In a specific, non-limiting example of implementation of a 16-channel demultiplexer, where wavelengths have a frequency spacing of 100 GHz around 1550 nm central wavelength, the first and second surfaces of the stratified prism are positioned at an angle of 60 in relation to one another, and a polychromatic optical signal is provided at an incidence angle of +15 (defined relative to the normal vector to the front face of the stratified prism) in order to obtain a maximum angular dispersion of approximately 0.44/nm. The waveguide material is formed of silicon on insulator and the thickness of the stratified body is in the order of 0.5 μm with a feature size of 160 nm and a period of 320 nm. The prism sides are less than 500 μm on the long face and 300 μm on the short face. In its entirety, including mirror or lens assemblies, the demultiplexer could be less than 1.2 mm wide and 2.8 mm long.

Shown in FIG. 6, is a third embodiment of a multiplexer/demultiplexer 60 in accordance with the present invention. The multiplexer/demultiplexer 60 includes a polarization filter 62 for receiving a polychromatic optical signal 13 from the first waveguide 12. The polarization filter 62 includes a first port 64 for carrying a polychromatic optical signal having a first polarization, and a second port 66 for carrying a polychromatic optical signal having a second polarization that is different from the first. The first port 64 is connected to a first stratified body 68 in accordance with the present invention, and the second port 66 is connected to a second stratified body 70 in accordance with the present invention.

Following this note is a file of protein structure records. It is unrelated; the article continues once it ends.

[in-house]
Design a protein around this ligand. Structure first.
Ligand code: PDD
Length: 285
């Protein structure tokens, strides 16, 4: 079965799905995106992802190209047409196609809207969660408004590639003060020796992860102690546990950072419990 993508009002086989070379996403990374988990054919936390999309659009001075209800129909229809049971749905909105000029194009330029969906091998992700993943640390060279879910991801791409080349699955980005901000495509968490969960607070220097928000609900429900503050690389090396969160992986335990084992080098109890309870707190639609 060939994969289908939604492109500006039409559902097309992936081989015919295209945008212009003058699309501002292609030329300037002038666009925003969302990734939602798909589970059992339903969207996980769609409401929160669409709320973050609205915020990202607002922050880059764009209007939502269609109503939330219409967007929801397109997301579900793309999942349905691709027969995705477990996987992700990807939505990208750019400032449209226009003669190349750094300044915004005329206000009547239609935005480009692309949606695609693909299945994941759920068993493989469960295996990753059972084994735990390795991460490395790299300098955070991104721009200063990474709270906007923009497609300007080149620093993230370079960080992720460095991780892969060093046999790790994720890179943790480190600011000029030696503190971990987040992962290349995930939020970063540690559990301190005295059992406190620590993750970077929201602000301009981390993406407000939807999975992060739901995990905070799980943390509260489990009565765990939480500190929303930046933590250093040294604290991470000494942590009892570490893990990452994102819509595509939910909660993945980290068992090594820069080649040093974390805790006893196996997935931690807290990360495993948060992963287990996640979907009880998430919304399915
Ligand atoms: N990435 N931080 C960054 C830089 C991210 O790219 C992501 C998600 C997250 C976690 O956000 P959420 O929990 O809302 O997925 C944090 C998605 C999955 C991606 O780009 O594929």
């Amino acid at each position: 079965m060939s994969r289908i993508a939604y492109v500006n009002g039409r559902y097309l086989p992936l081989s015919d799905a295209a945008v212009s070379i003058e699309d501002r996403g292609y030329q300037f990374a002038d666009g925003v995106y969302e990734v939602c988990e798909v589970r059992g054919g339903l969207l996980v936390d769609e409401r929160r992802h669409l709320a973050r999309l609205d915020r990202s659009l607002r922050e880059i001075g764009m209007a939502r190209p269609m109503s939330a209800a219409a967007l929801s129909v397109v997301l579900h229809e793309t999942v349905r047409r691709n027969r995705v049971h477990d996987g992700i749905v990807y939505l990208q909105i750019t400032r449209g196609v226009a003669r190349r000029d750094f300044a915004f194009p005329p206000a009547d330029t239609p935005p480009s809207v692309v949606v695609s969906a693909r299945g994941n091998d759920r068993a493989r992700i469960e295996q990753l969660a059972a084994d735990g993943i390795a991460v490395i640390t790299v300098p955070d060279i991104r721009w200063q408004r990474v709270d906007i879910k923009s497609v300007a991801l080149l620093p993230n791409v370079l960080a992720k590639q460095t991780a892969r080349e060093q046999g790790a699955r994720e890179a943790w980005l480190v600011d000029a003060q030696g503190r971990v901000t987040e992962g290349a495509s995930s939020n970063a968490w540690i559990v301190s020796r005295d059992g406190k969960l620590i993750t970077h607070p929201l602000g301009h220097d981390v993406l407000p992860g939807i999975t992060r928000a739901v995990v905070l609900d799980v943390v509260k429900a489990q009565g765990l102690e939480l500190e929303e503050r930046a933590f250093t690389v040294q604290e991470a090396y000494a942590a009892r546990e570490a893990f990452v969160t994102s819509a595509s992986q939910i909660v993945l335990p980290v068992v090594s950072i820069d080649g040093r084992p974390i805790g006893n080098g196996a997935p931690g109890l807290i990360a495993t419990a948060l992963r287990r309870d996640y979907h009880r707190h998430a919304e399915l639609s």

In a first example of implementation, the plurality of regions 26 of the first body 68 and the second stratified body 70 are mounted on separate substrates 22 that can be formed of different materials. In a second example of implementation, the regions 26 of the first and second stratified bodies are mounted on the same substrate 22 in a side by side fashion. The separated polarization components of each wavelength are then recombined by one or more polarization filters.

The above description of embodiments should not be interpreted in a limiting manner since other variations, modifications and refinements are possible within the spirit and scope of the present invention. The scope of the invention is defined in the appended claims and their equivalents.

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Referenced by
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US9069183 *Sep 24, 2012Jun 30, 2015Applied Materials, Inc.Apparatus and method for speckle reduction in laser processing equipment
US9618708 *Nov 13, 2014Apr 11, 2017Finisar CorporationMultiplexer/demultiplexer based on diffractive optical elements
US9703042May 23, 2016Jul 11, 2017Finisar CorporationMultiplexer/demultiplexer based on diffraction and reflection
US20130077315 *Sep 24, 2012Mar 28, 2013Stephen MoffattApparatus and method for speckle reduction in laser processing equipment
US20150132003 *Nov 13, 2014May 14, 2015Finisar CorporationMultiplexer/demultiplexer based on diffractive optical elements
Classifications
U.S. Classification385/37
International ClassificationG02B6/34, H04J14/02, G02B27/12
Cooperative ClassificationG02B6/29373, G02B1/005, G01J3/14, G02B6/272, G02B6/29397, G01J3/0205, G02B6/2793, H04J14/02
European ClassificationG02B1/00M1, G02B6/293M2
Legal Events
DateCodeEventDescription
Aug 21, 2008ASAssignment
Owner name: MCGILL UNIVERSITY, CANADA
Free format text: ASSIGNMENT OF ASSIGNORS INTEREST;ASSIGNOR:KIRK, ANDREW;REEL/FRAME:021424/0312
Effective date: 20080817
Feb 22, 2012FPAYFee payment
Year of fee payment: 4
Jun 3, 2016REMIMaintenance fee reminder mailed
Oct 21, 2016LAPSLapse for failure to pay maintenance fees
Dec 13, 2016FPExpired due to failure to pay maintenance fee
Effective date: 20161021